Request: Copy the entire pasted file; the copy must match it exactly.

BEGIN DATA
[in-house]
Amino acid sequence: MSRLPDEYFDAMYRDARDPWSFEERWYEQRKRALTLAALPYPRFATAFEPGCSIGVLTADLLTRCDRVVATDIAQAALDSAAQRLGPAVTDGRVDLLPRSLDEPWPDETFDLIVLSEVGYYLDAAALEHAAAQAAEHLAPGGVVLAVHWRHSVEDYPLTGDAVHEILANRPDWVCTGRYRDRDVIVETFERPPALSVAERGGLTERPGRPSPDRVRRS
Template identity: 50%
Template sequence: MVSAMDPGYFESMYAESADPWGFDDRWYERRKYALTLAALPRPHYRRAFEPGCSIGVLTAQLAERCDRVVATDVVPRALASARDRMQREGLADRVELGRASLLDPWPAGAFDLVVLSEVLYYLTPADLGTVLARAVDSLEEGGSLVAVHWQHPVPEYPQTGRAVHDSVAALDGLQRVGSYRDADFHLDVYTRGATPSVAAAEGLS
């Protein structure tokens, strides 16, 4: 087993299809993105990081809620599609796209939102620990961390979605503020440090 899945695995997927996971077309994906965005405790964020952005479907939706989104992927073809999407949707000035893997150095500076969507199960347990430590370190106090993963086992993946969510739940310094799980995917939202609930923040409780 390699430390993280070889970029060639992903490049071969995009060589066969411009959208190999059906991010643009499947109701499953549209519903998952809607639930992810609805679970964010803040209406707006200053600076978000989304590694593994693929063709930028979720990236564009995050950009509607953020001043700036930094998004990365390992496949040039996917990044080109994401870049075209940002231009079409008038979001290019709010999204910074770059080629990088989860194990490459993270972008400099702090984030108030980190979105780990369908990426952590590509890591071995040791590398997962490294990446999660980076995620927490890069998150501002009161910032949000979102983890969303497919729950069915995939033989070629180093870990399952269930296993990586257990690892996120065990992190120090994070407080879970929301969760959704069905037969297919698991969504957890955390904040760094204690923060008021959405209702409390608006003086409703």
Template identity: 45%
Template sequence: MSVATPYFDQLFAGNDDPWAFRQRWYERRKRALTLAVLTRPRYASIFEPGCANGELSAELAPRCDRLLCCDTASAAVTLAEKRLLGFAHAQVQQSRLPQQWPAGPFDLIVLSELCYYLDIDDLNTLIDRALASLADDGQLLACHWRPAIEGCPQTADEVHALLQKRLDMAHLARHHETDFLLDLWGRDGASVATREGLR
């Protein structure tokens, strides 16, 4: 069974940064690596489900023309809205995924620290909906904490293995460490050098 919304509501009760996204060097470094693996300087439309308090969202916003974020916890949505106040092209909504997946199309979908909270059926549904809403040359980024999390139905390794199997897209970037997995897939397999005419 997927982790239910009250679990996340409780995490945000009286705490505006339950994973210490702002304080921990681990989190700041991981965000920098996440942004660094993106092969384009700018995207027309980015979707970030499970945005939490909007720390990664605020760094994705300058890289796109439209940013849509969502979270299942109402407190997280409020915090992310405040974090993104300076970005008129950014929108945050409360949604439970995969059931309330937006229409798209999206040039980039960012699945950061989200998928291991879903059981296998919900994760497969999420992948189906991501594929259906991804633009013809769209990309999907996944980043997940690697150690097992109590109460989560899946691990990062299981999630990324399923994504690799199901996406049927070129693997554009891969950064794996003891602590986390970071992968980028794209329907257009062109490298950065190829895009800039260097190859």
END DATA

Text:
[in-house]
Amino acid sequence: MSRLPDEYFDAMYRDARDPWSFEERWYEQRKRALTLAALPYPRFATAFEPGCSIGVLTADLLTRCDRVVATDIAQAALDSAAQRLGPAVTDGRVDLLPRSLDEPWPDETFDLIVLSEVGYYLDAAALEHAAAQAAEHLAPGGVVLAVHWRHSVEDYPLTGDAVHEILANRPDWVCTGRYRDRDVIVETFERPPALSVAERGGLTERPGRPSPDRVRRS
Template identity: 50%
Template sequence: MVSAMDPGYFESMYAESADPWGFDDRWYERRKYALTLAALPRPHYRRAFEPGCSIGVLTAQLAERCDRVVATDVVPRALASARDRMQREGLADRVELGRASLLDPWPAGAFDLVVLSEVLYYLTPADLGTVLARAVDSLEEGGSLVAVHWQHPVPEYPQTGRAVHDSVAALDGLQRVGSYRDADFHLDVYTRGATPSVAAAEGLS
């Protein structure tokens, strides 16, 4: 087993299809993105990081809620599609796209939102620990961390979605503020440090 899945695995997927996971077309994906965005405790964020952005479907939706989104992927073809999407949707000035893997150095500076969507199960347990430590370190106090993963086992993946969510739940310094799980995917939202609930923040409780 390699430390993280070889970029060639992903490049071969995009060589066969411009959208190999059906991010643009499947109701499953549209519903998952809607639930992810609805679970964010803040209406707006200053600076978000989304590694593994693929063709930028979720990236564009995050950009509607953020001043700036930094998004990365390992496949040039996917990044080109994401870049075209940002231009079409008038979001290019709010999204910074770059080629990088989860194990490459993270972008400099702090984030108030980190979105780990369908990426952590590509890591071995040791590398997962490294990446999660980076995620927490890069998150501002009161910032949000979102983890969303497919729950069915995939033989070629180093870990399952269930296993990586257990690892996120065990992190120090994070407080879970929301969760959704069905037969297919698991969504957890955390904040760094204690923060008021959405209702409390608006003086409703």
Template identity: 45%
Template sequence: MSVATPYFDQLFAGNDDPWAFRQRWYERRKRALTLAVLTRPRYASIFEPGCANGELSAELAPRCDRLLCCDTASAAVTLAEKRLLGFAHAQVQQSRLPQQWPAGPFDLIVLSELCYYLDIDDLNTLIDRALASLADDGQLLACHWRPAIEGCPQTADEVHALLQKRLDMAHLARHHETDFLLDLWGRDGASVATREGLR
């Protein structure tokens, strides 16, 4: 069974940064690596489900023309809205995924620290909906904490293995460490050098 919304509501009760996204060097470094693996300087439309308090969202916003974020916890949505106040092209909504997946199309979908909270059926549904809403040359980024999390139905390794199997897209970037997995897939397999005419 997927982790239910009250679990996340409780995490945000009286705490505006339950994973210490702002304080921990681990989190700041991981965000920098996440942004660094993106092969384009700018995207027309980015979707970030499970945005939490909007720390990664605020760094994705300058890289796109439209940013849509969502979270299942109402407190997280409020915090992310405040974090993104300076970005008129950014929108945050409360949604439970995969059931309330937006229409798209999206040039980039960012699945950061989200998928291991879903059981296998919900994760497969999420992948189906991501594929259906991804633009013809769209990309999907996944980043997940690697150690097992109590109460989560899946691990990062299981999630990324399923994504690799199901996406049927070129693997554009891969950064794996003891602590986390970071992968980028794209329907257009062109490298950065190829895009800039260097190859």